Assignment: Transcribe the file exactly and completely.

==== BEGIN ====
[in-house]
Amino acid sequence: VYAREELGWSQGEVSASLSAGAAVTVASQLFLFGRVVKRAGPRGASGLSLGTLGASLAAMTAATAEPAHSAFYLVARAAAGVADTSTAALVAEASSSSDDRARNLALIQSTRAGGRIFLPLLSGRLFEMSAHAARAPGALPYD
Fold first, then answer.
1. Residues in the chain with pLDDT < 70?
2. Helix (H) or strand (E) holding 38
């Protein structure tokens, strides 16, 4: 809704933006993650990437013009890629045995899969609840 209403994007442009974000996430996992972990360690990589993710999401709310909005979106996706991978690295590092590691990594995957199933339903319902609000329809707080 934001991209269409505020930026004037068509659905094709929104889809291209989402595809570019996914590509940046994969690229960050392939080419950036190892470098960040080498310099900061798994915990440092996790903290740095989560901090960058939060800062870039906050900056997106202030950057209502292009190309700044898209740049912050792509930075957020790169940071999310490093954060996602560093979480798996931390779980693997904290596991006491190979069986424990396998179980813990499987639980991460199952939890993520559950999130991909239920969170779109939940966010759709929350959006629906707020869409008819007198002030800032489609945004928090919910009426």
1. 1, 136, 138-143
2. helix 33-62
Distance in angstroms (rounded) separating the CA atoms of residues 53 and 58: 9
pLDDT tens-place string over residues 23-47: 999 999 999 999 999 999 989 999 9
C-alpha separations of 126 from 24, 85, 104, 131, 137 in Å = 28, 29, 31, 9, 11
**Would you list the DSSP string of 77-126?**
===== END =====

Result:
[in-house]
Amino acid sequence: VYAREELGWSQGEVSASLSAGAAVTVASQLFLFGRVVKRAGPRGASGLSLGTLGASLAAMTAATAEPAHSAFYLVARAAAGVADTSTAALVAEASSSSDDRARNLALIQSTRAGGRIFLPLLSGRLFEMSAHAARAPGALPYD
Fold first, then answer.
1. Residues in the chain with pLDDT < 70?
2. Helix (H) or strand (E) holding 38
């Protein structure tokens, strides 16, 4: 809704933006993650990437013009890629045995899969609840 209403994007442009974000996430996992972990360690990589993710999401709310909005979106996706991978690295590092590691990594995957199933339903319902609000329809707080 934001991209269409505020930026004037068509659905094709929104889809291209989402595809570019996914590509940046994969690229960050392939080419950036190892470098960040080498310099900061798994915990440092996790903290740095989560901090960058939060800062870039906050900056997106202030950057209502292009190309700044898209740049912050792509930075957020790169940071999310490093954060996602560093979480798996931390779980693997904290596991006491190979069986424990396998179980813990499987639980991460199952939890993520559950999130991909239920969170779109939940966010759709929350959006629906707020869409008819007198002030800032489609945004928090919910009426």
1. 1, 136, 138-143
2. helix 33-62
Distance in angstroms (rounded) separating the CA atoms of residues 53 and 58: 9
pLDDT tens-place string over residues 23-47: 999 999 999 999 999 999 989 999 9
C-alpha separations of 126 from 24, 85, 104, 131, 137 in Å = 28, 29, 31, 9, 11
**Would you list the DSSP string of 77-126?**